The Mechanical Mouse
What can be said about a mouse with a ball? It did the job back in the day, and can still be found hanging out on retail shelves next to optical designs. The technology was simple: use a large, rubber ball to move two rollers mounted within the device. In turn, these rollers (one registering movement on the X axis and one on the Y) caused two disc-like encoder wheels to operate and disrupt optical beams. Electrical signals generated from the disruption were processed by the device drivers, converting them to movement onscreen.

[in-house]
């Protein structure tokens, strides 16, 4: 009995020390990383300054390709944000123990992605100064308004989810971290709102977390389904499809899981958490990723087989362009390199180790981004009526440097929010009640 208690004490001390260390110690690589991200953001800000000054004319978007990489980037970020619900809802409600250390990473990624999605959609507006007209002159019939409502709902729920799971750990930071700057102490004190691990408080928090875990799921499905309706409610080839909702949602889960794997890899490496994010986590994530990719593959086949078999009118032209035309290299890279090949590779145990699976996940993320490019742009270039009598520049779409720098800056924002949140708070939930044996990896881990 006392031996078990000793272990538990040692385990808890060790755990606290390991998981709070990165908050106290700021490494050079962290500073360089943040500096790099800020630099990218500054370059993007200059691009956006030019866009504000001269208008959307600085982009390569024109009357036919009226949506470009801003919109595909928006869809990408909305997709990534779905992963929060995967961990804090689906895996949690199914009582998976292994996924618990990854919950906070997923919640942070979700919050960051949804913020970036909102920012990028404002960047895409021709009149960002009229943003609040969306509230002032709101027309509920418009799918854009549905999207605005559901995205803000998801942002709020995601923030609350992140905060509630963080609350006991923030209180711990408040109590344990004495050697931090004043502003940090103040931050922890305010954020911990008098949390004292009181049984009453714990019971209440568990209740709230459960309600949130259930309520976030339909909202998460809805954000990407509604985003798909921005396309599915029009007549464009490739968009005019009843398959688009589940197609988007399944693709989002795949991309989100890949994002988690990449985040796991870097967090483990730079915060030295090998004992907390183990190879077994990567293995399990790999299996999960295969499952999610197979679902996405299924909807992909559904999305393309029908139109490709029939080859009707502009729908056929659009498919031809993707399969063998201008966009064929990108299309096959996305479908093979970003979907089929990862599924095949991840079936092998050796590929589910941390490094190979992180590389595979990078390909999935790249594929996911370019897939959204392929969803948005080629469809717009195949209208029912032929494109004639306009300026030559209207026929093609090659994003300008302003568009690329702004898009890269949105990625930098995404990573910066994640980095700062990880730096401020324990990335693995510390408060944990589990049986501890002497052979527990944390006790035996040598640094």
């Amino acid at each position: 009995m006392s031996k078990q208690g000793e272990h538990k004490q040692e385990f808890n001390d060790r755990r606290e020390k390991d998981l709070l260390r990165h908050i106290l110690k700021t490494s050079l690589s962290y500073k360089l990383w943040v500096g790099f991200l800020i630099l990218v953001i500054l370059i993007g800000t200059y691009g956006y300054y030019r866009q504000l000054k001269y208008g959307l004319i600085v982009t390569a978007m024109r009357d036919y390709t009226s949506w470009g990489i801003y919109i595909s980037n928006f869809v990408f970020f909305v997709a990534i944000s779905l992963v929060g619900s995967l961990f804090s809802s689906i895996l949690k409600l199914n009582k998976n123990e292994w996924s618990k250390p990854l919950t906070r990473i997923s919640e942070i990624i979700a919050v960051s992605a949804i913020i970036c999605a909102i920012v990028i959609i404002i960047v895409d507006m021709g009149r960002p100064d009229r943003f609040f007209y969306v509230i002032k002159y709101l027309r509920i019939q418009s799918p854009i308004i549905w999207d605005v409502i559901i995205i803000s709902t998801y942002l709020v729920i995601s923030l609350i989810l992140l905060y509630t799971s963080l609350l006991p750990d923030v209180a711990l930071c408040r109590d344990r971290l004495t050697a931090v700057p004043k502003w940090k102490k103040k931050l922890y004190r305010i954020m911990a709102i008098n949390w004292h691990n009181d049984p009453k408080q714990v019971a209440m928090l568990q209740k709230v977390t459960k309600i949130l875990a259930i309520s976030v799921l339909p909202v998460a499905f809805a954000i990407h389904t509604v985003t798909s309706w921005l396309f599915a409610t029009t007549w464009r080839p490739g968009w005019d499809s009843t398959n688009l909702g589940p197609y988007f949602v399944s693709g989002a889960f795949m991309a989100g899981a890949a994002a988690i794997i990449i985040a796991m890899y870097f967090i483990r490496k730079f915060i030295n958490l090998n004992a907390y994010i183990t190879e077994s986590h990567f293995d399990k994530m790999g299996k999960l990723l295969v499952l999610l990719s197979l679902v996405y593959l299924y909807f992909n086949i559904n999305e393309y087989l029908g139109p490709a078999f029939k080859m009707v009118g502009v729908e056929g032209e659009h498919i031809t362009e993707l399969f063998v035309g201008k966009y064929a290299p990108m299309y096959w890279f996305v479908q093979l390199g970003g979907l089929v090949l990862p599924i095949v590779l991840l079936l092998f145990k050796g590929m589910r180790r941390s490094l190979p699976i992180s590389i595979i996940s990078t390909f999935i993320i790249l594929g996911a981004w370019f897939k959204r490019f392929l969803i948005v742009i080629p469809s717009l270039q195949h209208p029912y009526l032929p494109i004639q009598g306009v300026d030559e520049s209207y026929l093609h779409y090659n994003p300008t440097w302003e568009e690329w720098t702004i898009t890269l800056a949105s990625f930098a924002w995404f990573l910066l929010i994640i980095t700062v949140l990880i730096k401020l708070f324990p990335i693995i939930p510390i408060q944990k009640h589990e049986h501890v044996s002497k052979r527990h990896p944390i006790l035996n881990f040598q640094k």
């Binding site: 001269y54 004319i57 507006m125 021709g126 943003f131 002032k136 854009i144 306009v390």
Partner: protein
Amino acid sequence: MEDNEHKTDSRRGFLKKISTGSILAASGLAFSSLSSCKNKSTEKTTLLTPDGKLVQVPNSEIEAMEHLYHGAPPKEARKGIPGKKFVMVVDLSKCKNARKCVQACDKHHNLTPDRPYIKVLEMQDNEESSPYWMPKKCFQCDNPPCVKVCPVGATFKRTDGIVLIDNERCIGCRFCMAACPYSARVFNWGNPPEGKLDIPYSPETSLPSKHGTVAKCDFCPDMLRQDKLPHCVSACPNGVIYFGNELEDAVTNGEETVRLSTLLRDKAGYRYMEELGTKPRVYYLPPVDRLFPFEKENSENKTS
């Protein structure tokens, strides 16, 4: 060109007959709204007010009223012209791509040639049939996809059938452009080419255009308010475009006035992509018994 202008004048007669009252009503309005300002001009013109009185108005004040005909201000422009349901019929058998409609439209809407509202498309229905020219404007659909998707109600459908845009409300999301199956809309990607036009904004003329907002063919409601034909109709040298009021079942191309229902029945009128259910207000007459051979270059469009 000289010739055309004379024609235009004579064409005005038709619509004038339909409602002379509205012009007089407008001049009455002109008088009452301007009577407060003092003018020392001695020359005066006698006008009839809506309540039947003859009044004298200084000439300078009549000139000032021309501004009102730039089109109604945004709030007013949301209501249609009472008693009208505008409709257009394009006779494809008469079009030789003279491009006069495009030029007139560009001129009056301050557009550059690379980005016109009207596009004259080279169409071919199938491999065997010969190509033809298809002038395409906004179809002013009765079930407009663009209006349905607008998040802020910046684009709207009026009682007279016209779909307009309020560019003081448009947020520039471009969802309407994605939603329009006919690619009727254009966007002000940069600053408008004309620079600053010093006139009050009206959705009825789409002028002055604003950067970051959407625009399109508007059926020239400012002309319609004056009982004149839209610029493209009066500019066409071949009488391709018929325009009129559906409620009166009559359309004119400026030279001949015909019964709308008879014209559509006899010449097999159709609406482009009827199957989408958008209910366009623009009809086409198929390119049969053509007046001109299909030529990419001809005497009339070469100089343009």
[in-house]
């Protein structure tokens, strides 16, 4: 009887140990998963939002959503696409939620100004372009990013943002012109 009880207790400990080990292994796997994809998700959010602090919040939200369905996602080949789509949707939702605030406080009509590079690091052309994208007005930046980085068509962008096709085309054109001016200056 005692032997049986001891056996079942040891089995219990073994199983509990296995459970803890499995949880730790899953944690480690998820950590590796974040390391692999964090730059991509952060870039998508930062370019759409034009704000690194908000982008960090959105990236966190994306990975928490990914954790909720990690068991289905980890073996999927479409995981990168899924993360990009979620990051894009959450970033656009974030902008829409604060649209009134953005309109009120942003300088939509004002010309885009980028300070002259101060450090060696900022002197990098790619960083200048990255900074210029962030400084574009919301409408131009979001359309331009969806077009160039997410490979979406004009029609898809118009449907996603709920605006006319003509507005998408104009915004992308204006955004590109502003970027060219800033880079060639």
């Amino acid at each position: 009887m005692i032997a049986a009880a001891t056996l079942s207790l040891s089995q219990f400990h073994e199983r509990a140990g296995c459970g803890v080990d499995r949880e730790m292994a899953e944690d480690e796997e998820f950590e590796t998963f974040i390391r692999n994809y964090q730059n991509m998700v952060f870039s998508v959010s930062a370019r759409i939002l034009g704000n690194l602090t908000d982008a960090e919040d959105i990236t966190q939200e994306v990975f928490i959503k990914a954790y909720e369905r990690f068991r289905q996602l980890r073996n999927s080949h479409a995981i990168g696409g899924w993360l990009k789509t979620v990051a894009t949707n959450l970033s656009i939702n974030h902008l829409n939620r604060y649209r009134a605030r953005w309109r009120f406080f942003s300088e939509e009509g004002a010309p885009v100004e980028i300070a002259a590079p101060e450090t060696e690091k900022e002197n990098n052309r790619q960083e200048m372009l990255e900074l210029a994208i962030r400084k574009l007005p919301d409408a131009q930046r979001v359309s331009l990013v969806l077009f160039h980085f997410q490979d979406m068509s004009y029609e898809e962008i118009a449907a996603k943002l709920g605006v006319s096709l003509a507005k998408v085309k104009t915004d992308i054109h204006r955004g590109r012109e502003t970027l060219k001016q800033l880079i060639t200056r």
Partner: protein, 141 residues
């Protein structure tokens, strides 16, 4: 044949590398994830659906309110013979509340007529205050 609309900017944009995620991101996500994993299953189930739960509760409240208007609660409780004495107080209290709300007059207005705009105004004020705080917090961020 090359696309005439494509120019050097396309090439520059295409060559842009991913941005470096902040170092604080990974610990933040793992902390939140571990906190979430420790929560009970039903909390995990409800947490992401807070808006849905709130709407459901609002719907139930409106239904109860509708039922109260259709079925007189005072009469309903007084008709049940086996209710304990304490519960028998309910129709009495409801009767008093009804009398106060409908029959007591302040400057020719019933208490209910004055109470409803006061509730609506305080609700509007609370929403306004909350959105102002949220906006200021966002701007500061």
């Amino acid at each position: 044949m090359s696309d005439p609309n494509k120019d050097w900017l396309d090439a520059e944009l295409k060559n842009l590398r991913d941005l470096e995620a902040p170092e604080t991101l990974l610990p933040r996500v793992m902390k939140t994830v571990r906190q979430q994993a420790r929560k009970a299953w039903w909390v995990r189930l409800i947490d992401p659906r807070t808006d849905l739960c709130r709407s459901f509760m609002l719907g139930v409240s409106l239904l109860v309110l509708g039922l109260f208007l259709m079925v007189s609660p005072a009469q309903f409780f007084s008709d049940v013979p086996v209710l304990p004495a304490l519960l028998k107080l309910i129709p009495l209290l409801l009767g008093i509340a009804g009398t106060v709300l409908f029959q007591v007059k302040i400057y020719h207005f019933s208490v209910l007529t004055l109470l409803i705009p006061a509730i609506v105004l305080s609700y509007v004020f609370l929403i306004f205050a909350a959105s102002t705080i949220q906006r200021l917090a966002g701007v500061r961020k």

The drawback to this method was that the ball picked up gunk from the user's desk, whether it was food, dust, or whatever else was on the surface. A mouse pad would help reduce the filth, however the gunk would eventually collect on the two rollers, causing the mouse to act sluggish. This was a pain when it came to gaming, especially when playing first-person shooters where mouse-look movement was critical. Typically, users had to remove the ball and clean the rollers by scraping off the hardened gunk. We can't say we really miss the mechanical mouse. However, it was definitely better than playing with a joystick or gamepad.